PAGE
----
and miles went into the development of the first edition of the
Hill Country Street Guide (HCSG). The credit for most
of the map compilation goes to my son Josh who spent MANY hours
acquiring and converting source information and posting it to
the map file - in reality almost two years.
was the field checks that had to be done. Miles and miles - hours
of driving and checking. It took Josh a bit to understand that
field check driving is not like everyday driving. At first he
drove normal speed which was too fast for checks,
but too slow to go from here to there. After several times of
me saying "Slow
down, I can't check that fast." or "Now you can drive
as fast as you want to get to the next check point." he
got the hang of it and became efficient at time usage. And then
there are stories of unusual circumstances that developed as
we drove some backroads. But those have to be told in person.
Roads that passed through gravel bottomed creeks that we just
barely made it through. Roads that literally died in the middle
of pastures! And along the way, we saw some great scenery, and
visited MANY cemeteries
(I can't pass a cemetery without stopping - they're full of history.).
All in all
I figure we drove more than 50% of Bandera County, 80% of Gillespie
County (data from Gillespie was not that great), 40% of Kendall
County, and 10% of Kerr County. That was just to check and verify
information that was contradictory from various sources, or just
plain wasn't available.
The map file
actually includes about 12 counties but to date we've only developed
4 fully, and 4 partially.
All of this
was done on Macintosh computers (Is there any other?) using commercial
illustration software, and several changes of equipment along
Along the way
of developing the map file Mapsco and I met to discuss their
need for a Tri-County Street Guide. I had the map file, and they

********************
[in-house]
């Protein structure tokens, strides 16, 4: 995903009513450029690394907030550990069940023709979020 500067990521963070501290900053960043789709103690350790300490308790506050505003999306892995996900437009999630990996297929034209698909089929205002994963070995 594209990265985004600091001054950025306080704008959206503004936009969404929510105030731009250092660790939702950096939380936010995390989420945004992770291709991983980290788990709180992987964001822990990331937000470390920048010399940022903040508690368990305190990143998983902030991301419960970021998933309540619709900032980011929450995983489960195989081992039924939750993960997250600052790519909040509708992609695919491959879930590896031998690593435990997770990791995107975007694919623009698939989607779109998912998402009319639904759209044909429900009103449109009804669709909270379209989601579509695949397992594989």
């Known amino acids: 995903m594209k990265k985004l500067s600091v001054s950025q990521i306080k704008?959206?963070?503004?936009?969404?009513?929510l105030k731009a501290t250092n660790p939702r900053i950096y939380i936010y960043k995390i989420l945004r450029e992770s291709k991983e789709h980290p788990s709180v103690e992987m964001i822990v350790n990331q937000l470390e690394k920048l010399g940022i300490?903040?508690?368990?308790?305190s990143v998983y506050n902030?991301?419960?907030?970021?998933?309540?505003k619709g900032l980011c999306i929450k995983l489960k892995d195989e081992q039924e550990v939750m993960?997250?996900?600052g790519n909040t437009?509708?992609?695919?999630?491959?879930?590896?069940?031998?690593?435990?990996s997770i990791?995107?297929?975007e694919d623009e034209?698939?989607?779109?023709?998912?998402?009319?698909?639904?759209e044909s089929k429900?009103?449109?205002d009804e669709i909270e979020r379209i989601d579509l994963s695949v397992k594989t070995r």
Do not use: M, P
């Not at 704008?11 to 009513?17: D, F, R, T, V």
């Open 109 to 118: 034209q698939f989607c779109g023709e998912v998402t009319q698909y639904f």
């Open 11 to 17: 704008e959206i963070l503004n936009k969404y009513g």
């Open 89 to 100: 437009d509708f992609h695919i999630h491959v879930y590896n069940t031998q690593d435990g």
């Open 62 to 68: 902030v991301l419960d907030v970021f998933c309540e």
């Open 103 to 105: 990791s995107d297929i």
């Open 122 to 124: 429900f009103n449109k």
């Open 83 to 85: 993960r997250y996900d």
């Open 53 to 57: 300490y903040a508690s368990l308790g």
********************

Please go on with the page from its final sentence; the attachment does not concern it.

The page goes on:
are great with marketing and sales. It seemed natural to team
up. Then about 1/3 of the way into the project I convinced them
to add the Eastern 1/3 of Bandera County. And as things progressed
I decided why not include all of Bandera County. So we did. Then
of course Junction, Mason, and Llano needed to be included so
we added pages to cover those cities. This project management
is typical of how I work - ever thinking and design changes as
And the final
topping was finding Webcrafters as the printer. Actually it was
probably destiny that Webcrafters did the printing as I'd used
them for many atlases we printed at The H.M. Gousha Company.
Acquiring them as the printer was coincidental though. As Tracy
(Mapsco) worked on the pricing structure, I kept wanting a lower
printing price and insisting on 4-color. Then an email arrived
where he said he'd gotten a good price with a printer. I quizzed
him who that might be if he didn't mind sharing that infomation
(I'm always looking for cost saving printing). "Webcrafters" he
emailed and wanted to know if I knew anything about them. "I
certainly did!" I replied. And I told him the background
I had with them.
And that brings
us to this point - printed and now into sales. It was quite a
trip, lots of work, and many late hours. Will I ever recoup my
invested time and materials? Only time will tell. But we sure
have one great Street Guide for the Hill Country! And folks are
clamouring for it. I've even had UPS guys literally knocking
on my home door wanting to buy it!
entered our second year of distribution, it was obvious the HCSG
was a HUGE hit, and the 5000 we printed was barely going to last
2 years. So, halfway into our second year of distribution we
began the task of updating. That took about 5 months, more digital
files to convert and check, more roads to drive, anda lot of
great folks. Most of our original advertisers renewed their ad
plus we added some new ones. We finished the updates late October
and sent the files to press (Webcrafters again!).
We know you'll
be very happy with your purchase of the Hill Country Street
Look for it EVERYWHERE!
& son Josh